When reading or writing the data, SQL Server applies a lock on an affected row. The locks are two types. One is "Shared Lock" and other one is "Exclusive Lock". A shared lock is used by the read operation and an exclusive lock is acquired by the update operation. When a update puts a exclusive lock, read operation won’t happen on that row and read operation should wait till the update completes.

Have a look at the below picture:

Shared and Exclusive locks
Fig 1. Shared and Exclusive Lock


2.1 Exclusive lock by an Update

The first portion of picture shows you an update of row in progress and it is not yet completed. The Update operation applied an exclusive lock before starting the actual update of the required row in discussion. And a read operation along the way is waiting, as it cannot able to acquire the shared lock on that row. The Excusive lock not only blocks the read operation, it will block next coming update operation (On the same row) also. That means, only one update operation can have the exclusive lock on a particular row.

2.2  Read v.s Shared Lock

The second portion shows that the update operation is completed and the exclusive lock is removed. At this stage either an next waiting update can acquire a exclusive lock or a read operation can acquire a shared lock on the row. In our depiction, a read operation acquired a shared lock and started reading the data. In the default Isolation level (We will discuss the remaining later), an exclusive lock request by an update operation is not permitted when the row is already got a shared lock. Then why we call it as shared lock? Well.

2.3 Multiple Reads

Now look at the third portion of the picture. There are two more read operations going on in the same row now. It shows that all three read operation shared a single lock and that’s why we call it as Shared Lock. Simply, the lock is shared for the Read operations and Update is still not allowed when the lock is ON.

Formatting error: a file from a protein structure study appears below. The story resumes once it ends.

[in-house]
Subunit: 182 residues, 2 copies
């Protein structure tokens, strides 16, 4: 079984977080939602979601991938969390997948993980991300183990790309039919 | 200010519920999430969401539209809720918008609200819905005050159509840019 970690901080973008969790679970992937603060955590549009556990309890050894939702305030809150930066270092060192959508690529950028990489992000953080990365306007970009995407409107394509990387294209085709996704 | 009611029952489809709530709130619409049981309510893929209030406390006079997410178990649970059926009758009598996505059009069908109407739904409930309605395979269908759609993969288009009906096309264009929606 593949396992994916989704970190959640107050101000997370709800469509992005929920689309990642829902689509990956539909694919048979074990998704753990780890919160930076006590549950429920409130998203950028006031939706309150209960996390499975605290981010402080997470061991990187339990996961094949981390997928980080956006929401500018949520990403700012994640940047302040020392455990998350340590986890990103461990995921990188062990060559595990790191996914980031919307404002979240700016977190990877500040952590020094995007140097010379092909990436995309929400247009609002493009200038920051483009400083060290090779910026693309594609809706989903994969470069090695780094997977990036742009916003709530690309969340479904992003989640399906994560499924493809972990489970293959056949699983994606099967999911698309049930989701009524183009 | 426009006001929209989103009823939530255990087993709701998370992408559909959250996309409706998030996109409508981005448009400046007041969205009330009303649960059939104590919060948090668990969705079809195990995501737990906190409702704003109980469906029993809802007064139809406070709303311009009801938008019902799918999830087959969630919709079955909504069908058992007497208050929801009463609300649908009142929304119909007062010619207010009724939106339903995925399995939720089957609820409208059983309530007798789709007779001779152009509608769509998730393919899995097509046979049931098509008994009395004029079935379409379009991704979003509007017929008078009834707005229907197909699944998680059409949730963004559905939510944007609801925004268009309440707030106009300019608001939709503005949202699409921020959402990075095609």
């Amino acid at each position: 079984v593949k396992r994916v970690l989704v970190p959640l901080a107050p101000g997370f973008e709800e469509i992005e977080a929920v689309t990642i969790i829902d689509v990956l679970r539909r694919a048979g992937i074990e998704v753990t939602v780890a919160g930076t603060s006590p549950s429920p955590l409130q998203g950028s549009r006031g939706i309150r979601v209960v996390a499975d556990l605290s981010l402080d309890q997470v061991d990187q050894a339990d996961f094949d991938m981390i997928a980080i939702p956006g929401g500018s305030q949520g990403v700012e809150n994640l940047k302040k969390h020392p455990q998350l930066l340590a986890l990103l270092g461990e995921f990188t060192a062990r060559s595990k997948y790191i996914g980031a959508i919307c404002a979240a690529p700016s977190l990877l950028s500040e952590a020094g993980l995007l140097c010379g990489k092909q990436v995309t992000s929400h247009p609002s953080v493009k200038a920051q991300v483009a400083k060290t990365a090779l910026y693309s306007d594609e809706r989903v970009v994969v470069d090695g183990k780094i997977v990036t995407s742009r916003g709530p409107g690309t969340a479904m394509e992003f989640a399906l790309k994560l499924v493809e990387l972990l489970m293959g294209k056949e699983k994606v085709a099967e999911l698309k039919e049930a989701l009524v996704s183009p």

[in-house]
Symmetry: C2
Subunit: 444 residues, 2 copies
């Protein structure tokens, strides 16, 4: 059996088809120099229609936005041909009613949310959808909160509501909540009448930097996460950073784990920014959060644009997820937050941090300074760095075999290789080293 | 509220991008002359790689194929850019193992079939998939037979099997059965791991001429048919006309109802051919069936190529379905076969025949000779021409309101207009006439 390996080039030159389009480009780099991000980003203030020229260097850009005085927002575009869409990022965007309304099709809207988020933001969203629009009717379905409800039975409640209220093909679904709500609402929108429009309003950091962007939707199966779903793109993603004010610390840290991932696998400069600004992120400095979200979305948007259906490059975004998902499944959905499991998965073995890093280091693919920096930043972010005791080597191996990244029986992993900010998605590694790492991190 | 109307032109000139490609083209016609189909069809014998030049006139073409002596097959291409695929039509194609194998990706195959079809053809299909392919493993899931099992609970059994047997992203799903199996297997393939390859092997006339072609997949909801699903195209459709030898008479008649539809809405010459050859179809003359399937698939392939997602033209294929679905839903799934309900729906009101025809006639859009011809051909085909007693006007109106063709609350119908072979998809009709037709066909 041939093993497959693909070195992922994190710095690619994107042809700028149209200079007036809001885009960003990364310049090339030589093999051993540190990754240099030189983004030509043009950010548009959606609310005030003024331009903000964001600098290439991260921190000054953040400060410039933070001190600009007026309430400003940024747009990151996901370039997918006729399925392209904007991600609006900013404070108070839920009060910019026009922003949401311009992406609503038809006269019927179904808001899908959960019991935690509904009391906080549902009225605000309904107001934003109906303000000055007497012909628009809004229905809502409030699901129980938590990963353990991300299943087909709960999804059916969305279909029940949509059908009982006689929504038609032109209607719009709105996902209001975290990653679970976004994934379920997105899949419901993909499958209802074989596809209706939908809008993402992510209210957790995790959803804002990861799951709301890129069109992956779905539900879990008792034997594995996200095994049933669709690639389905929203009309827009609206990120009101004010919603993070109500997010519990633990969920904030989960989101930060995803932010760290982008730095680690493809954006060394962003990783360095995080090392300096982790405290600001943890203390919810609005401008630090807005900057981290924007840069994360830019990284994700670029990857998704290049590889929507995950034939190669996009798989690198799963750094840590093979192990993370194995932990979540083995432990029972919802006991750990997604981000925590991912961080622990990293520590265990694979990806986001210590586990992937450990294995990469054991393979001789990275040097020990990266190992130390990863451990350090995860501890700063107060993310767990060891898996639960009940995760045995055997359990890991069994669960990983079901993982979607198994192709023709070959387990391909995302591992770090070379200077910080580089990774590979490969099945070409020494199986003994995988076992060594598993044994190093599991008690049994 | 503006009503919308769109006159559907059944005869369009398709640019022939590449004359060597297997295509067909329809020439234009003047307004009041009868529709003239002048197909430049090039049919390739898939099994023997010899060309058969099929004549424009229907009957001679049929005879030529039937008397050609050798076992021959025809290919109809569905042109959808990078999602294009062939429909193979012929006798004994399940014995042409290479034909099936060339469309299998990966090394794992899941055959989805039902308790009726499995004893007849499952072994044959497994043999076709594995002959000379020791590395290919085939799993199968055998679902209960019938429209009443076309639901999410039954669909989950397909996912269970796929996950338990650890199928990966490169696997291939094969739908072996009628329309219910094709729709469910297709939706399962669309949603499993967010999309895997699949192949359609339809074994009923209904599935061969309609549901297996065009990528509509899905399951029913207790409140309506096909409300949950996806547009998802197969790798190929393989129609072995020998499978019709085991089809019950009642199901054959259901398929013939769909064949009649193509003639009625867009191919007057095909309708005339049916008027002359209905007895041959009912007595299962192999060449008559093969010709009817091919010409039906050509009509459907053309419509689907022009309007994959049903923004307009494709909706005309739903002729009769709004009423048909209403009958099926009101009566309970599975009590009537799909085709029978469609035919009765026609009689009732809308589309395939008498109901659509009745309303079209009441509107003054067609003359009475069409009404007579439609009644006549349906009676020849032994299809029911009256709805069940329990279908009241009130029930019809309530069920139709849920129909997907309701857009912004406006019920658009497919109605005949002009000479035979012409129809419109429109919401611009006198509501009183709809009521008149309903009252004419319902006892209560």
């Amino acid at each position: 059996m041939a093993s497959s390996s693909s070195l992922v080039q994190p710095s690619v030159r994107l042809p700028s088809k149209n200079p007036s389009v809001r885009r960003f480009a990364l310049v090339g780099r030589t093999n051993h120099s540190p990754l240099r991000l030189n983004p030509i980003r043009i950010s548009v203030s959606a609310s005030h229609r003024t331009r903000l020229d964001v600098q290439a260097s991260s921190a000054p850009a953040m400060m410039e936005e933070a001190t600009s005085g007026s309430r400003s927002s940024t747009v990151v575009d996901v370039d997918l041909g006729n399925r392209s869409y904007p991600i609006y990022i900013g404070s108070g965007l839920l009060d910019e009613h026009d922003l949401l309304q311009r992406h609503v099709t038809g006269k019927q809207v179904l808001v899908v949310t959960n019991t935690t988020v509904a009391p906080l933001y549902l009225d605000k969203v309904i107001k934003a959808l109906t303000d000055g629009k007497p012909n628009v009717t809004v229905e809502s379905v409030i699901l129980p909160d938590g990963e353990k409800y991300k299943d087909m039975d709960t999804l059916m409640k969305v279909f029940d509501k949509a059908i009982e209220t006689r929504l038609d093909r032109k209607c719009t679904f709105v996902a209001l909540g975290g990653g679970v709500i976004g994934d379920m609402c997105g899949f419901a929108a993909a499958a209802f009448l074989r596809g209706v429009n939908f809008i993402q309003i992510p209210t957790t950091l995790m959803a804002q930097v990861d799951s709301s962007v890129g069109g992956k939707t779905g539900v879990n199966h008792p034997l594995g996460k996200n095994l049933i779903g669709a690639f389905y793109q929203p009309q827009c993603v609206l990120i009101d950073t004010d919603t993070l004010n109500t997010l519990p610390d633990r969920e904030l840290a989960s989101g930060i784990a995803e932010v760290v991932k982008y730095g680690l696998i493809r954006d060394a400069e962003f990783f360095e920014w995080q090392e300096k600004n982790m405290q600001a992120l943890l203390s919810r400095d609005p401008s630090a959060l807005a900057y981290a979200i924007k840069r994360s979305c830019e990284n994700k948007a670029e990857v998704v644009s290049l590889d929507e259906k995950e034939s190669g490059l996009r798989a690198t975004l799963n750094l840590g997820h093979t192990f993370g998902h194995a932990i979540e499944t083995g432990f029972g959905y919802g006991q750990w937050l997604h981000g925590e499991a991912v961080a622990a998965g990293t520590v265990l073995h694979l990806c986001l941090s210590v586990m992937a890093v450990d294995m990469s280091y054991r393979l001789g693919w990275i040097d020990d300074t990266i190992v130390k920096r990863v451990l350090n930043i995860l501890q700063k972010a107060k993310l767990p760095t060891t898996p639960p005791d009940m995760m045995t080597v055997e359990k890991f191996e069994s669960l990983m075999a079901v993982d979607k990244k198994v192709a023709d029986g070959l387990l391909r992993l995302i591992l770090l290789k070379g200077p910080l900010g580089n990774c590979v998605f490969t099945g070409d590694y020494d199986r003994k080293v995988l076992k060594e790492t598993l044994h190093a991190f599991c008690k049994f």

3. READ COMMITTED Isolation

This is the default transaction level of SQL server 2005. It will allow only one update on a row at a time and during that the read also prohibited. Have a look at the below two queries:

Read Committed Isolation
Fig 2. Read Committed Isolation
Fig 3. Select from Student table
    
With these two queries we can examine the default transaction called "Read Committed". I used a sample table called student in the above two queries. You can use NorthWnd or other demo database that you have on your machine. The update query in Fig.2 and the select query in Fig.3 can be run at two different machines.

Now let us go to the first SQL statement, which is nothing but a simple update on the Student sample table. The "begin transaction" says that we need to do manipulation or retrieval under the Transaction Isolation rules. The update statement enclosed within the Begin Transaction and commit transaction applies the exclusive lock on the student row with student id 103. When you execute the query shown in red box, that particular row is in locked (Exclusively) state and nobody can touch it except the one who applied that Exclusive (red) lock. Do not execute the commit transaction now, in stead go to the other machine (Or other Console management studio on you machine) and execute the select * from student. What happens? The read operation waits to acquire the transaction lock (Shared one) when the scanning came to the student 103 row. Now the situation is:

Since commit transaction is not executed SQL thinks student 103 is still a dirty row (Half updated) and keeps the exclusive lock on it. Select statement waits to acquire to shared lock on the exclusively locked row. You can see that other query window waits and waits and waits not showing the result of the select statement. Now, go ahead and execute the commit transaction statement. You will see the output of the select statement.

4. Other three Isolation

The other three isolation levels are listed below:

  1. READ UNCOMMITTED
  2. REPEATABLE READ
  3. SERIALIZABLE

Before we go into details of each one, first have look at the below SQL Statement that will change the Default Read Committed Isolation level to any of the above one.